Nelson-based fishing company Sealord have been fined $63,400 and ordered to pay reparations of $12,500 in the Nelson District Court today after a fisherman working on board one of their vessels fell through a hatch, rupturing his spleen.
In September, Sealord pleaded guilty to one charge of failing to ensure the safety of an employee, under Section Six of the Health and Safety in Employment Act 1992.
On 2 October 2011, factory hand James Billingham was helping prepare the vessel Ocean Dawn for departure from Nelson. While attempting to remove the bungs under the hatch cover, he overbalanced and fell approximately five metres into the ship’s hold.
He was taken to hospital where he was diagnosed with fractured ribs and a sprained thumb. Later that day he was suffering severe abdominal pain and returned to hospital where he underwent an emergency splenectomy (removal of the spleen).
Judge Tony Zohrab told the court Sealord had failed to take all practicable steps to ensure the safety of employees on board.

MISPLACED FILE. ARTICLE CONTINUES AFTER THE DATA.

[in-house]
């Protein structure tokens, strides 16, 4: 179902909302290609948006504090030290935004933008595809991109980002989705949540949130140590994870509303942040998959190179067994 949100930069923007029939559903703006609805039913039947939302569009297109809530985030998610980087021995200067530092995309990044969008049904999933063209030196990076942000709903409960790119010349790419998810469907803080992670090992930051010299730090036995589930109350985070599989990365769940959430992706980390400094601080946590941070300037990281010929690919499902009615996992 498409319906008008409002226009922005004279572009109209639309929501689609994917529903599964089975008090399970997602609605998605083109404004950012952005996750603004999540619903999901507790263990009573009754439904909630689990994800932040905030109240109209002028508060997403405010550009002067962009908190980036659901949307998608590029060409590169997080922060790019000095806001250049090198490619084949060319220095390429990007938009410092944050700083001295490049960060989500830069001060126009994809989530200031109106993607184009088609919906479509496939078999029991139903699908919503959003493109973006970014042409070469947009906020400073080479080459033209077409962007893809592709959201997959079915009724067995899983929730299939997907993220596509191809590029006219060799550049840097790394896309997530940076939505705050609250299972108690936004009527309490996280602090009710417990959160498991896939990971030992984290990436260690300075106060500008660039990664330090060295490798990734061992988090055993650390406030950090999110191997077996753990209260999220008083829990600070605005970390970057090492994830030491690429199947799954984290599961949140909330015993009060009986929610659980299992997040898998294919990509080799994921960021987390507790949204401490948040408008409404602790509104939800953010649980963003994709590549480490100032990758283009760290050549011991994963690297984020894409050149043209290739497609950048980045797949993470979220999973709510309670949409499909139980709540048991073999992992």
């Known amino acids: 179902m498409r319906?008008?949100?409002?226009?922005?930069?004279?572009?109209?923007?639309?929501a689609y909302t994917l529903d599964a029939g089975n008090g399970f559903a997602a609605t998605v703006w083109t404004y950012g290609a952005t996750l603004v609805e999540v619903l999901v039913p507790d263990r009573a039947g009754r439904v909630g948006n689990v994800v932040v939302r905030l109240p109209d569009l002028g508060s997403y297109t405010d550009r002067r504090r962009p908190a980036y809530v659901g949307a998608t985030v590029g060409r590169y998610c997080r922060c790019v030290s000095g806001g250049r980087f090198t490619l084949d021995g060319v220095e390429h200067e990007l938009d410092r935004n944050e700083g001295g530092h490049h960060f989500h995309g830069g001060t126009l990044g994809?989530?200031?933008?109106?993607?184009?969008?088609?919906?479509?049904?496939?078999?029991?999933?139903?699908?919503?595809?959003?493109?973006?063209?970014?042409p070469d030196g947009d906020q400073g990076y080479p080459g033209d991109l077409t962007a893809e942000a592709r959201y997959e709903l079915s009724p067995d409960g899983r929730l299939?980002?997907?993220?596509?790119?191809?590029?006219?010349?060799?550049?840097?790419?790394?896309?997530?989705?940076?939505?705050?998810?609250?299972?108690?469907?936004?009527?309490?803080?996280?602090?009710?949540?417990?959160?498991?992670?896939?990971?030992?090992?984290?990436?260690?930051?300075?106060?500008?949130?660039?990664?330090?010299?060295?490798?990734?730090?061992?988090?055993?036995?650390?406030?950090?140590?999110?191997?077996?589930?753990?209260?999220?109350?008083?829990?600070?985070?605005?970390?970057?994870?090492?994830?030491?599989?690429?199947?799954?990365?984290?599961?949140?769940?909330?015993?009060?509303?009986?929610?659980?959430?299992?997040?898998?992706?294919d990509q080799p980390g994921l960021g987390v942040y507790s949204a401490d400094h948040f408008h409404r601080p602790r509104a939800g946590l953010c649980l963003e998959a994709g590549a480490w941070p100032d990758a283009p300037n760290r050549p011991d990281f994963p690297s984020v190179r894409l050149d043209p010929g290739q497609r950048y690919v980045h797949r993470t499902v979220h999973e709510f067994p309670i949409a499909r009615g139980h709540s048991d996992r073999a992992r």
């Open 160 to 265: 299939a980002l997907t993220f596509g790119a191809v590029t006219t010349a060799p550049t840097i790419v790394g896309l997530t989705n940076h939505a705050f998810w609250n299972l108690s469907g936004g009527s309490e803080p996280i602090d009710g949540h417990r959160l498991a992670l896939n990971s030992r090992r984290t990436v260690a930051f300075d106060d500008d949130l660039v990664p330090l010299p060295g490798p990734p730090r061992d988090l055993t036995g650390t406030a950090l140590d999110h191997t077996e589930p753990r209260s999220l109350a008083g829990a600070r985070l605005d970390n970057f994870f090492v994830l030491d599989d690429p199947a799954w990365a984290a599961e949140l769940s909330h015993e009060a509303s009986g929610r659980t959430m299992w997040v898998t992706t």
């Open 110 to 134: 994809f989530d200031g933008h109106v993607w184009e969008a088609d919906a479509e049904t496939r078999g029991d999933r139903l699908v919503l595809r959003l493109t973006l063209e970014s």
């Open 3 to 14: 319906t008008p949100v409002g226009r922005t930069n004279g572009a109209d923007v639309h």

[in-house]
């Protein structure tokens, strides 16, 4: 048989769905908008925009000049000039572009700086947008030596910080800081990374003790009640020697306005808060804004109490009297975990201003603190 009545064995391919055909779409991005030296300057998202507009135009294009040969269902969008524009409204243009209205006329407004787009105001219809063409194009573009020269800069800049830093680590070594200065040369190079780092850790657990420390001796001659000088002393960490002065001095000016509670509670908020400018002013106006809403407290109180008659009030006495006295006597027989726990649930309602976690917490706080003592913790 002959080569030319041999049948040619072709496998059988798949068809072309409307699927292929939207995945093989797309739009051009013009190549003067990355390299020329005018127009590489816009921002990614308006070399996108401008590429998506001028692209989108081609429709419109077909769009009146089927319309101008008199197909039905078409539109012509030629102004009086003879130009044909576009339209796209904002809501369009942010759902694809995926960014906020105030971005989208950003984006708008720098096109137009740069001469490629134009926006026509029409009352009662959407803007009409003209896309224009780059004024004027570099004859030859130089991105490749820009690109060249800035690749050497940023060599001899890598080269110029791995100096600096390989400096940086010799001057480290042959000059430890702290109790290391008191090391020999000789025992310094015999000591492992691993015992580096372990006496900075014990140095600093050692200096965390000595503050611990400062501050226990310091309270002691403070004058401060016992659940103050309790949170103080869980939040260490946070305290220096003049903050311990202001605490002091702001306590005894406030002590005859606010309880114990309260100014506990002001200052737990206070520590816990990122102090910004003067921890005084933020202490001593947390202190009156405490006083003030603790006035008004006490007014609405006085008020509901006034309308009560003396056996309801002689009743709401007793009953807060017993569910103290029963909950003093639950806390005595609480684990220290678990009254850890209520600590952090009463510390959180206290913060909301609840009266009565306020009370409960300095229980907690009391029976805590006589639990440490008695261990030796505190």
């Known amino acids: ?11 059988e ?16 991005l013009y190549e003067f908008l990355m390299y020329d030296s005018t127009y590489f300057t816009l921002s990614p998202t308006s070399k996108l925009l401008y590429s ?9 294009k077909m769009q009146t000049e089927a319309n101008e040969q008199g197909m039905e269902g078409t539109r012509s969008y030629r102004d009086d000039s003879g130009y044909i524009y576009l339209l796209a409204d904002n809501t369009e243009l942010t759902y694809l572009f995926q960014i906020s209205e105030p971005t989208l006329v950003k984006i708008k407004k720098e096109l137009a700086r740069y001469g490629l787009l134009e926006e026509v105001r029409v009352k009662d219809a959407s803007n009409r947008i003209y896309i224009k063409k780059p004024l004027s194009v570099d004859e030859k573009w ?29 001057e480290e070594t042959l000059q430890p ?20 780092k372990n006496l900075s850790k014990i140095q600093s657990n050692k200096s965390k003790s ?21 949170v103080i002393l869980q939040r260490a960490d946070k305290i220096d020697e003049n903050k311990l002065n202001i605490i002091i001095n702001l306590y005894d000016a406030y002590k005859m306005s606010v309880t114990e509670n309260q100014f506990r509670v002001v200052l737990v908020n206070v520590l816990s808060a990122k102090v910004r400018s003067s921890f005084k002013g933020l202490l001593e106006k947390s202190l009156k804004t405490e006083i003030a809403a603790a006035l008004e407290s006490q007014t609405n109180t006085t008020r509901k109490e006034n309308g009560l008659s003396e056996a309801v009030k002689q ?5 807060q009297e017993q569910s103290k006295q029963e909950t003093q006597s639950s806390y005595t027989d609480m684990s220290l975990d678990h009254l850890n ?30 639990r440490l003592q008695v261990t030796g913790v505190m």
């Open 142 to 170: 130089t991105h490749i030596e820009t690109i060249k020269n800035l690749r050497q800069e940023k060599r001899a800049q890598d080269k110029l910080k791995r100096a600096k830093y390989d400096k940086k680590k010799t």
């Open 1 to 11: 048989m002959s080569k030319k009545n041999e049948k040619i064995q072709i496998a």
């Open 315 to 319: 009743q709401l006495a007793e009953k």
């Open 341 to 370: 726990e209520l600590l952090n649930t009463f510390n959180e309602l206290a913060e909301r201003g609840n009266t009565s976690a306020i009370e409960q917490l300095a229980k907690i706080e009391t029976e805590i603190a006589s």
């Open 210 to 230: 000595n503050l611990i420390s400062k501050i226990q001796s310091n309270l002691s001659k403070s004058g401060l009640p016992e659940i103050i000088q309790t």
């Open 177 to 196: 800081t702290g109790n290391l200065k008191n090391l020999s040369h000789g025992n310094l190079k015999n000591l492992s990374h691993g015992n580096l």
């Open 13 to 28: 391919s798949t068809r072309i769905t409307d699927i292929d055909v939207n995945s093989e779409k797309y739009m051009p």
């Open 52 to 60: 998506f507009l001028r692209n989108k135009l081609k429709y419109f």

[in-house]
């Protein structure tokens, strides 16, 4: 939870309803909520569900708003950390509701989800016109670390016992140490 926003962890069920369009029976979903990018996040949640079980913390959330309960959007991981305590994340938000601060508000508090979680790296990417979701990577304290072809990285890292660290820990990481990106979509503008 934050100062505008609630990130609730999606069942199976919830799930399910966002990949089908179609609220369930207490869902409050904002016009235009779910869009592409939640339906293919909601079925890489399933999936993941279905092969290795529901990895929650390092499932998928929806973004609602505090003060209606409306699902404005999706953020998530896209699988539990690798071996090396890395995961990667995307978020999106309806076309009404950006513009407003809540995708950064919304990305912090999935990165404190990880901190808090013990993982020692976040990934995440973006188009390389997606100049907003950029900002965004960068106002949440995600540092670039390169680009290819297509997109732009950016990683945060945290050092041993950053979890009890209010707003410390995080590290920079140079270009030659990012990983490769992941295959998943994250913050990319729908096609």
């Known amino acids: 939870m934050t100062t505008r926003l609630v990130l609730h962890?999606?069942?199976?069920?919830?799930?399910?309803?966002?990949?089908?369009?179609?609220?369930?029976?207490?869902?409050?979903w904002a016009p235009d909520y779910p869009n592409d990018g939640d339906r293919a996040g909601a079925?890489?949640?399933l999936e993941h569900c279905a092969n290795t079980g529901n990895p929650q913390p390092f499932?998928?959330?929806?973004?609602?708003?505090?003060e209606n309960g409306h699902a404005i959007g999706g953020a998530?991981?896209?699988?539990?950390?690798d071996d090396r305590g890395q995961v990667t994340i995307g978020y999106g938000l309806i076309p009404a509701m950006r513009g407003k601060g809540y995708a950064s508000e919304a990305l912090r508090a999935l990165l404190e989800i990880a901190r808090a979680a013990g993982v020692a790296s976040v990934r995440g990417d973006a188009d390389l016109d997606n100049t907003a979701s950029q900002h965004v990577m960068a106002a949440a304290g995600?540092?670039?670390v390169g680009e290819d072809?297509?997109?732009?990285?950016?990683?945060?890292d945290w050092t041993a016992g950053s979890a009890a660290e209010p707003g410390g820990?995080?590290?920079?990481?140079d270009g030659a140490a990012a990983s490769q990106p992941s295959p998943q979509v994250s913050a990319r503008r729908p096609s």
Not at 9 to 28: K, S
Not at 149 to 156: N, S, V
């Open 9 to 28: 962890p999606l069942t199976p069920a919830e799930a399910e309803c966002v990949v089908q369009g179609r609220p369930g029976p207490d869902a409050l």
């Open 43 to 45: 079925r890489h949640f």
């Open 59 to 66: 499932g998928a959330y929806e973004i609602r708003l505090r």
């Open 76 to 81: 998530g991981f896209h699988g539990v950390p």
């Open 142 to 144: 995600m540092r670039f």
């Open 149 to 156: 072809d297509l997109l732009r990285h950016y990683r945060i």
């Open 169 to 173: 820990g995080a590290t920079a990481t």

Maritime New Zealand director Keith Manch said the sentence sends a clear message to operators that health and safety is to be taken seriously.
"Had a proper hatch guarding been in place, it’s clear Mr Billingham wouldn’t have fallen in this case. Just identifying the hazard, and minimising it by informing employees - as Sealord had - isn’t enough. The legislation clearly states steps must first be taken to eliminate or isolate the hazard, before minimisation can be considered."
"Maritime New Zealand is committed to improving the safety of the fishing industry by whatever means necessary. Prosecution is generally used as a last resort, but in situations like this, it is the most appropriate course of action, and I welcome the sentence."
The maximum penalty for this offence under the Act is a fine of $250,000.